Getting Started with Content Marketing


Getting visitors—and hopefully customers—to your website means creating great content that will get you high ranking in Google search. …

Getting Started with Content Marketing

Due to the explosion of media choices, advances in technology and the accessibility of the Internet, traditional advertising strategies—even online strategies—are not producing the results they once did. Savvy business owners have adjusted their marketing strategies accordingly. Instead of “pushing” messages to consumers with a print or online ad, they are creating content that “pulls” consumers in at various stages of the buying cycle. When you create compelling content designed to attract and engage your prospects and convert them into customers, this is known as “content marketing.”

The Importance of Keywords

Before you create a single piece of content to market, you’ll want to spend some time thinking about the keywords someone would use to find a product or service like yours. Keyword research is critical, but it doesn’t have to be overly complicated or time consuming. Start with the keywords you think someone would use to find your product/service. It’s a mistake to assume that everyone thinks like you, so put yourself in the mindset of your consumers. Or simply ask them what keyword they would use to find a site like yours and create a list.

Once you have a short list of phrases, you’ll want to prioritize them. A great way to do this is by monthly search volume, which is the total number of people using a keyword phrase in any given month. To find the monthly search volume this, visit Google’s free keyword tool and enter your words and phrases. Once you’ve prioritized your keywords, you’ll want to begin creating relevant content pages for your site that include these keywords or phrases.

The Importance of Relevant Content

Content marketing offers many benefits, but arguably the biggest is increased visibility in the organic search results on Google. Google ranks Web pages using a proprietary algorithm that compares the relevance of your site’s content to the search query used, as well as the authority, or credibility, of your site compared with other similar sites. In order for your website to be found in the organic search results, your website must be both relevant and credible (in this order). Here, we’ll discuss how to make your site relevant. 

If someone searches, “orange three legged elephants” and you have a page on your website about orange three legged elephants, it’s very likely that your website will rank high in Google’s organic search results.

Since content marketing is still a fairly new strategy, this is the perfect time to jump in and start building out your site with relevant, informative, and engaging content. At this point, most businesses (read: your competitors) have fewer than 100 pages on their website, there’s a major opportunity to get more website traffic, leads and sales—simply by creating more specific (relevant) Web pages using pre-identified keywords. Adding high-quality content like this is likely to drive more high-quality traffic and leads.

What Type of Content Should You Create?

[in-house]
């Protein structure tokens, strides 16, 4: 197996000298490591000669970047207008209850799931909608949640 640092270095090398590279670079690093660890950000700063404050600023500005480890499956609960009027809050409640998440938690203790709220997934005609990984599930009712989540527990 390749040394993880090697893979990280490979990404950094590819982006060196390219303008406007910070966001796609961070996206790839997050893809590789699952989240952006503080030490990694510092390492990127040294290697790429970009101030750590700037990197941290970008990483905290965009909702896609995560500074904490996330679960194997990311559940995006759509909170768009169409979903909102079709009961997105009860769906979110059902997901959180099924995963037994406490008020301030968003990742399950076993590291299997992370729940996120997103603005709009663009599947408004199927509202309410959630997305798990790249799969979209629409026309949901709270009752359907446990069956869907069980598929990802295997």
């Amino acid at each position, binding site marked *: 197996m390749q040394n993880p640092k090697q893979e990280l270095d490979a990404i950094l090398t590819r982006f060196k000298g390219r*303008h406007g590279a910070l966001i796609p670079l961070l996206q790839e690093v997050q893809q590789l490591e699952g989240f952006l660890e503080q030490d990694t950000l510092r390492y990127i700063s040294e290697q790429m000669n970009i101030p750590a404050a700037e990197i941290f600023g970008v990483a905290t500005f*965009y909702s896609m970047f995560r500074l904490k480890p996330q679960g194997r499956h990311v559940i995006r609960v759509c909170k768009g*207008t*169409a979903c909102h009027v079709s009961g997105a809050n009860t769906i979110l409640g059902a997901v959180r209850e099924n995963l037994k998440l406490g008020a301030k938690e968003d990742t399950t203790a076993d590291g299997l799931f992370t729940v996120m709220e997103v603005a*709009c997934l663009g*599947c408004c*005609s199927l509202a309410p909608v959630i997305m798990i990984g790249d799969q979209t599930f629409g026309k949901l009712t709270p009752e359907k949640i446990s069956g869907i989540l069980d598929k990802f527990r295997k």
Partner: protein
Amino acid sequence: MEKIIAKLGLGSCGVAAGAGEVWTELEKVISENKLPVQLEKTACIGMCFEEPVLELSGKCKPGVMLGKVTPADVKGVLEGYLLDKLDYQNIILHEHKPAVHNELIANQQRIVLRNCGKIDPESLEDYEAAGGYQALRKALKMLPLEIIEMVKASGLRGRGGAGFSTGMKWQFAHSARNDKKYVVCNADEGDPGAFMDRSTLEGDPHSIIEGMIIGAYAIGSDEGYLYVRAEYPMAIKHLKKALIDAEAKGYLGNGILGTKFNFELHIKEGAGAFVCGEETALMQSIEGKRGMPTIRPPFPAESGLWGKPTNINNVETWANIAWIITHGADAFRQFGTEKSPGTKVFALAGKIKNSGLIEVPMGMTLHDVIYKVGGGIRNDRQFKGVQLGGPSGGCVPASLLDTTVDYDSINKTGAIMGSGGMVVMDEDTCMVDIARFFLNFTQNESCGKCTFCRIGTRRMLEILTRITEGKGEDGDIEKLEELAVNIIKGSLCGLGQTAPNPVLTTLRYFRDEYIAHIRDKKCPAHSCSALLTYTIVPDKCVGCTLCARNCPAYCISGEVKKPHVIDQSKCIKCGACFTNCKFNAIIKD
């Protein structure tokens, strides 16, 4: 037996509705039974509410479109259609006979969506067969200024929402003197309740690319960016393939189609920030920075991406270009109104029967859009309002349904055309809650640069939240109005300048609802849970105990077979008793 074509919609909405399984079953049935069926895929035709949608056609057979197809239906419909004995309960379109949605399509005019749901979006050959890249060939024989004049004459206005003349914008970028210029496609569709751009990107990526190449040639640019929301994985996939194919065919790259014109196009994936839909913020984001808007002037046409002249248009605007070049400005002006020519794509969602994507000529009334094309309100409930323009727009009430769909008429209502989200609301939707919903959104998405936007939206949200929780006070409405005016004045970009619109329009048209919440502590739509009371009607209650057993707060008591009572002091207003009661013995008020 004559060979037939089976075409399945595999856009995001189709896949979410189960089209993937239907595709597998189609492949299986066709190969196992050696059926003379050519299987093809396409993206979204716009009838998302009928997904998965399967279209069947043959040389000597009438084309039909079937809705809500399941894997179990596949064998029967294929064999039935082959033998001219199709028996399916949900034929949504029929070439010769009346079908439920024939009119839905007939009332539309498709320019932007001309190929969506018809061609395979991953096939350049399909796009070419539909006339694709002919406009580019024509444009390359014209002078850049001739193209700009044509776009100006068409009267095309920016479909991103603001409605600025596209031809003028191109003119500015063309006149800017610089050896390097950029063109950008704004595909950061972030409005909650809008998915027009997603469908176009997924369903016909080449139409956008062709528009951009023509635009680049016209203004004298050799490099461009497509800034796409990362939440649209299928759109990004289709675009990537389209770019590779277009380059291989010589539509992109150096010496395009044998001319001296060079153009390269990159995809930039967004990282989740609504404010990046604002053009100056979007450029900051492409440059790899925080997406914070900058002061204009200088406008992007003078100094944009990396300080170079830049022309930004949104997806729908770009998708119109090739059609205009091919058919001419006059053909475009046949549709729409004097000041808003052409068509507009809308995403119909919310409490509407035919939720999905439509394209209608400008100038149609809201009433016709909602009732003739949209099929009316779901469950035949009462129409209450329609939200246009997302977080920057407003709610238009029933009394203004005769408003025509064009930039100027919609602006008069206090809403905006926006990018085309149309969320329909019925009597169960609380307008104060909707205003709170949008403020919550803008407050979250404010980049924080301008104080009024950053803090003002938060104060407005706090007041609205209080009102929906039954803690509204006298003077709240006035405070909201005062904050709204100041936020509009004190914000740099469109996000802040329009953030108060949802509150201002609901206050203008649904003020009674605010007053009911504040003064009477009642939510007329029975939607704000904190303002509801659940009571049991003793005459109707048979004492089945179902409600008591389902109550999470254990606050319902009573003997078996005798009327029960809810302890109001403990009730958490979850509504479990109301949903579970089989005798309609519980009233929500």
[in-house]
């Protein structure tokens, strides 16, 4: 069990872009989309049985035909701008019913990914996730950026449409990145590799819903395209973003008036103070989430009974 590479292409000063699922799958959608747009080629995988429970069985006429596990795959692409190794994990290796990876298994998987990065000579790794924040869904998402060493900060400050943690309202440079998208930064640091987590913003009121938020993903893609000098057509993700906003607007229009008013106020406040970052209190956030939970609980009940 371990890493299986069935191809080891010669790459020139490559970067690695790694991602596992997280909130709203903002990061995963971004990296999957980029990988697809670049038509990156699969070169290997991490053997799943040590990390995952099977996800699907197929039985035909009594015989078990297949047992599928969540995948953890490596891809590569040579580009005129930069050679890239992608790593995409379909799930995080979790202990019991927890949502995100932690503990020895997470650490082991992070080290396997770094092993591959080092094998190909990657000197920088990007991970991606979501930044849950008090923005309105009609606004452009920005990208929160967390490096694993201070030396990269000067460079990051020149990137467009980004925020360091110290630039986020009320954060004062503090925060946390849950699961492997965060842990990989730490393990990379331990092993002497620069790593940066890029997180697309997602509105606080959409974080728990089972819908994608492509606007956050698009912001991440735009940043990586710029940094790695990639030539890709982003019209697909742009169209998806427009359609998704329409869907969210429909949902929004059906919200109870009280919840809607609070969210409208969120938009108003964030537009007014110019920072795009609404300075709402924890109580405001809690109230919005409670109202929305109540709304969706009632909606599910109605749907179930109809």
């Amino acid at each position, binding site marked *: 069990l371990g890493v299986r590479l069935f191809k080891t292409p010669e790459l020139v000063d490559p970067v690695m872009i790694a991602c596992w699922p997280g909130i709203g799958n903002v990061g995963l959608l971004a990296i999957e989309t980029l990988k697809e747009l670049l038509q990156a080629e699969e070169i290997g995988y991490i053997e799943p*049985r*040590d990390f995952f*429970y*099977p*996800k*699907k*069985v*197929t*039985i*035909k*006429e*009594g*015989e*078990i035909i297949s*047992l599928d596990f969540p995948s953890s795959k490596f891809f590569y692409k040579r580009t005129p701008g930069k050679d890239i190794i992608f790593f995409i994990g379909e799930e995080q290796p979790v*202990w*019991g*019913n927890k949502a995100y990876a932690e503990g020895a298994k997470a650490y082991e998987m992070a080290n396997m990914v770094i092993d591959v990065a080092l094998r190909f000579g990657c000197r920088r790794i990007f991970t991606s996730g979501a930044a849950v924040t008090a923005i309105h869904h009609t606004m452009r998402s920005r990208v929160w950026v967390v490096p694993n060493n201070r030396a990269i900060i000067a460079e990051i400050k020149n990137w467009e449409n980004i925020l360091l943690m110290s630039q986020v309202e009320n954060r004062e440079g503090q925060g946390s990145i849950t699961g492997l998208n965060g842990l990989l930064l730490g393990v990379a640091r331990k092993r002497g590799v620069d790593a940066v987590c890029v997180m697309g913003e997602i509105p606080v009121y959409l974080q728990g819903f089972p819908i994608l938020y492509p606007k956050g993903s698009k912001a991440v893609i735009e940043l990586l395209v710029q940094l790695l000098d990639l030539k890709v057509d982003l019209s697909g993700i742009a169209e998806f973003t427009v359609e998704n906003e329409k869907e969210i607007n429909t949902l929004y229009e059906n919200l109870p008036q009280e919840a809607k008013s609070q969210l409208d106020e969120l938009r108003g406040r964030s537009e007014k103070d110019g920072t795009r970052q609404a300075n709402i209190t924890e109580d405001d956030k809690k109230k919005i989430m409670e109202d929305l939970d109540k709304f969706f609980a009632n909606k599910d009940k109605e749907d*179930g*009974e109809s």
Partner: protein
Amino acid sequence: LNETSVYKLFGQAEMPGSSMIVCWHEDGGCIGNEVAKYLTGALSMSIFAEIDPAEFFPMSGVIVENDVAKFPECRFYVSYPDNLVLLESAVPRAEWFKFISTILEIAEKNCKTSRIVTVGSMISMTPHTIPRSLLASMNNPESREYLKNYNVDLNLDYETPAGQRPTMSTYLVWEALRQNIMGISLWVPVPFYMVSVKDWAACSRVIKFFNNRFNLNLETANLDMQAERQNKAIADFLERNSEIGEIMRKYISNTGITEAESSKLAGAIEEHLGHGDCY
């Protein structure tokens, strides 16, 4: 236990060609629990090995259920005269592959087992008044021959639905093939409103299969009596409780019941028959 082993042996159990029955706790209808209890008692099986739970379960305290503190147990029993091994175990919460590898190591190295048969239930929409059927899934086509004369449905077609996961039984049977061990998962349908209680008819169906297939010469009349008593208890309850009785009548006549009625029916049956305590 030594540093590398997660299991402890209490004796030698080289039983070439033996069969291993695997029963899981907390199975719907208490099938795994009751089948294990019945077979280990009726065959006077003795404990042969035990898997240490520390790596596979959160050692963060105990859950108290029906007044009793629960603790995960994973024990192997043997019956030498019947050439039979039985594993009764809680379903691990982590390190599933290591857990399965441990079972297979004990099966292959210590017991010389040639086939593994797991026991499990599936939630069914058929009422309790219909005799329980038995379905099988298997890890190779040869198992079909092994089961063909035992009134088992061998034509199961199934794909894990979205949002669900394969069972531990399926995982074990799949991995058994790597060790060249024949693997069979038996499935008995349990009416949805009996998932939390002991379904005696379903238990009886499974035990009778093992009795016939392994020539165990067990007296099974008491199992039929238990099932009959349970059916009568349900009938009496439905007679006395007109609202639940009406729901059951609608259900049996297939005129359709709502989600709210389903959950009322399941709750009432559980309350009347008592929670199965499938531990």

The answer depends on your industry, your customers, and the resources you have at your disposal. If you’re selling a complex business service, you might focus your content-marketing efforts on creating case studies and white papers; both are commonly used to educate prospects. If you’re a consumer-oriented business like Vineyard Vines you can engage your customers by having them show off examples of your product. (The clothing retailer encourages website visitors to submit photos and then use their blog to bring to life the preppy coastal lifestyle.) As another example, Dr. Brian Paris, a chiropractor in Rockville, Md., created a Web-based TV channel to educate his patients and prospective patients (yes, Web videos count as content!).

No matter what type of business you have, at a minimum, you should plan to have:

  • One page on your website for each service/product you offer

  • A company blog with regular posts aimed at helping your prospective customers make the best buying decision

  • A news section on your site detailing significant company events and milestones

  • A section with case studies and/or white papers detailing various client success stories

Content marketing works because, increasingly, consumers are searching the Web for information to educate themselves before they buy a product or service. If you own a business, you likely know more about your product or service than your customers. By translating your knowledge into relevant, compelling content, you can establish yourself and your company as a go-to resource—an authority within your industry—and you’ll be much more likely to get your website on the first page of Google. Though this sounds simple, you should recognize that creating great content takes time and planning. Even if you’re a great writer, it might take years before you break through the noise and start to be referenced as an authority in your industry. Challenges aside, the long-term return provided by content marketing can justify the effort.

OPEN Cardmember James (Ben) Landers is the President of Blue Corona, a leading SEO company that helps business owners accurately track their advertising and get more leads and sales from the web.

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